It’s that time of year again; time for high school cheerleading tryouts. Whether it’s your first year or your last, tryouts can be physically, mentally and emotionally exhausting. Chances are you’re feeling a little anxiety about the whole process but, with adequate preparation, you can show up ready and channel those emotions into an incredible performance instead of feeling nervous. Take a look at our 7 great tricks to help you prepare for your high school cheerleading tryouts:
1. Get back in shape
High school cheerleading is a sport that requires a great deal of athleticism and endurance. Getting in shape shouldn’t start after you’ve made the team. Coaches will be looking to make sure that you’re up to the physical demand of the sport right from the get-go. So make sure you’ve started a workout routine in advance of tryouts. Choose something that includes both cardio (to increase endurance) and weight training (to tone and build the strength necessary for your stunts).
2. Practice, practice, practice
There are a lot of different skills you’ll need to know on the day of tryouts. The more you practice these skills, the more comfortable you’ll be with them. It might be tempting just to mark the more difficult skills during your practices but doing them all out will ensure that your body knows what to do and that all the skills become second nature for you.
EXPERT TIP: Most squads have open practices leading up to actual tryouts. This allows the coach to teach everyone the certain skills they will need that day. This is also a good time for the coach to evaluate how you work with others. Don’t seclude yourself from the group. Cheer is a team sport and you will have to make friends once you’re on the squad so go ahead and start early!
3. Get a partner
Cheer tryouts will require that you know and execute a number of different skills from tumblingto stunts to cheers. Chances are that you’ll be great at some of these skills and a little uncomfortable with others. A partner who can practice with you will be able to tell you what you’re doing wrong and help you correct it. Besides, practicing with someone else is much more fun than doing it by yourself!
EXPERT TIP: If you can, it’s best to find a partner who is great at the things you’re struggling with and vice versa. That way, the partnership is mutually beneficial.
4. Treat your body right
Taking care of your body prior to (and after) tryouts will help you perform better and decrease your chances of injury. As we’ve mentioned, cheerleading is a physically demanding sport so you want to prepare your body for the demand you’re putting it through. Make sure you’re eating enough protein and carbohydrates before and after practices and competitions, keeping your body well-hydrated and getting enough sleep.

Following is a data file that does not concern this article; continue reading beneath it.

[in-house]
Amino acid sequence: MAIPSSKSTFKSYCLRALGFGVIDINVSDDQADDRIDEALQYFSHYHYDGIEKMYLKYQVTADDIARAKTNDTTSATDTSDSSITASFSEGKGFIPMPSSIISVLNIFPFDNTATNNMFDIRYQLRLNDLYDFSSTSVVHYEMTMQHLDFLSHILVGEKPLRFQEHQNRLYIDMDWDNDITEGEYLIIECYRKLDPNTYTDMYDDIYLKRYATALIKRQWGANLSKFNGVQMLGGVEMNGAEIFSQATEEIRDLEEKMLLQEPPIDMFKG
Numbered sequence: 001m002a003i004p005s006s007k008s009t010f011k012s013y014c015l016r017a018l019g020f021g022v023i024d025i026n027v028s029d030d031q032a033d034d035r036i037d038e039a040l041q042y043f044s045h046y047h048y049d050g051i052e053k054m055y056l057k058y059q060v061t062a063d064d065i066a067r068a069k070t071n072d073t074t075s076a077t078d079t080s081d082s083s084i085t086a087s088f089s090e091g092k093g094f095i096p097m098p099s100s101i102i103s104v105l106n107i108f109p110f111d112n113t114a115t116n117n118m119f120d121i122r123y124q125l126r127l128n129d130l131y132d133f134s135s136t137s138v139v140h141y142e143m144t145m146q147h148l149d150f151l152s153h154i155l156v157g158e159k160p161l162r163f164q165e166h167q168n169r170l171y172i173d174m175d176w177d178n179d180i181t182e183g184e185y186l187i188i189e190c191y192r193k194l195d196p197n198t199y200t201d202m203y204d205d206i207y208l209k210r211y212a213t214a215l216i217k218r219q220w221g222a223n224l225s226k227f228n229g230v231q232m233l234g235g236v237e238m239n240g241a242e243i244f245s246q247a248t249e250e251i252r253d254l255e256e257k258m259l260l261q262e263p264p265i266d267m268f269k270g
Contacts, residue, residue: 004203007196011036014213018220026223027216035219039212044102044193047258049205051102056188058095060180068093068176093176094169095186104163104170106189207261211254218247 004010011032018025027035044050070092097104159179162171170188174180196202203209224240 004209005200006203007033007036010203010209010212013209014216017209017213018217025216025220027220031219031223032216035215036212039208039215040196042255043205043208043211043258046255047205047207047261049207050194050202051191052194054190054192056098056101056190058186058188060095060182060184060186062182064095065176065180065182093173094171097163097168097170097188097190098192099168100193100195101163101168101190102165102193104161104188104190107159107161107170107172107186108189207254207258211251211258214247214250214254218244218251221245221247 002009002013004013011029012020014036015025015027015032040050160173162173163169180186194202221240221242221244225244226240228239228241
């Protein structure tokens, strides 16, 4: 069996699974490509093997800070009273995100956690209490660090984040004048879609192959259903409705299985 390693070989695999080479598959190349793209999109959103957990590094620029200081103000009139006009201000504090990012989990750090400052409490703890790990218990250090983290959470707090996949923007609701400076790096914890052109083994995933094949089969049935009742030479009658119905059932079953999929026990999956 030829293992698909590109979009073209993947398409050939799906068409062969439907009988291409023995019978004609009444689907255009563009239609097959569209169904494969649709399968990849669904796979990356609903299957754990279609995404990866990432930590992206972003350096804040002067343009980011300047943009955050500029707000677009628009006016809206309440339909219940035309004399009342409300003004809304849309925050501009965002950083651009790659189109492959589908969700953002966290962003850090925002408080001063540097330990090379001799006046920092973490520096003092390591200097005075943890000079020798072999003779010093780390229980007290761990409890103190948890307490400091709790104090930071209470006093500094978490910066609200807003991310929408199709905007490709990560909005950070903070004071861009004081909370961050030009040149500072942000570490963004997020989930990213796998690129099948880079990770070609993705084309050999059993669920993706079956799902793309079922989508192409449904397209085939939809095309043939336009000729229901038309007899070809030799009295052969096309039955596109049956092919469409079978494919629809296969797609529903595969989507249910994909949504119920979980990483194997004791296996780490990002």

These things don’t end after you’ve made the squad. You should pay close attention to your eating, drinking and sleeping habits throughout your cheer career in order to minimize your chances of injury.
5. Pay attention to your attitude
You’ve spent a ton of time working on your stunts and chants but don’t forget to work on your confidence and attitude too! A huge part of being a cheerleader is being confident and amping up the crowd. Make sure you practice smiling during your routines and cheering in an upbeat, loud voice. The coaches will be on the lookout for cheerleaders who not only succeed at the necessary skills but also bring a positive attitude to tryouts.
6. Come prepared
On the day of tryouts make sure you show up prepared:
- Wear your hair pulled off your face
- Wear athletic, fitted clothing so coaches can see your motions and body positions well
- Remove any jewelery or accessories that could be dangerous while tumbling and stunting
- Warm up and stretch
- Bring extra water
7. Don’t beat yourself up
Chances are you’ll probably make a mistake or two the day of tryouts. No one is perfect! If you bobble a dance a tumbling pass or miss a dance step, don’t get upset. Just keep going and keep that big smile on your face. Coaches will notice that your attitude stayed positive even when you made a mistake.
As long as you take the time and necessary steps to prepare both your mind and your body, there’s no reason you can’t ace your cheer tryouts.
These tips are a great starting point for getting your body ready for the challenges that come with cheerleading but there are many more things you must do to keep your body in performance-ready shape and help prevent injuries. Check out our FREE Staying on the Field: 7 Tips to Preventing Injuries eBook and take your training one step further!
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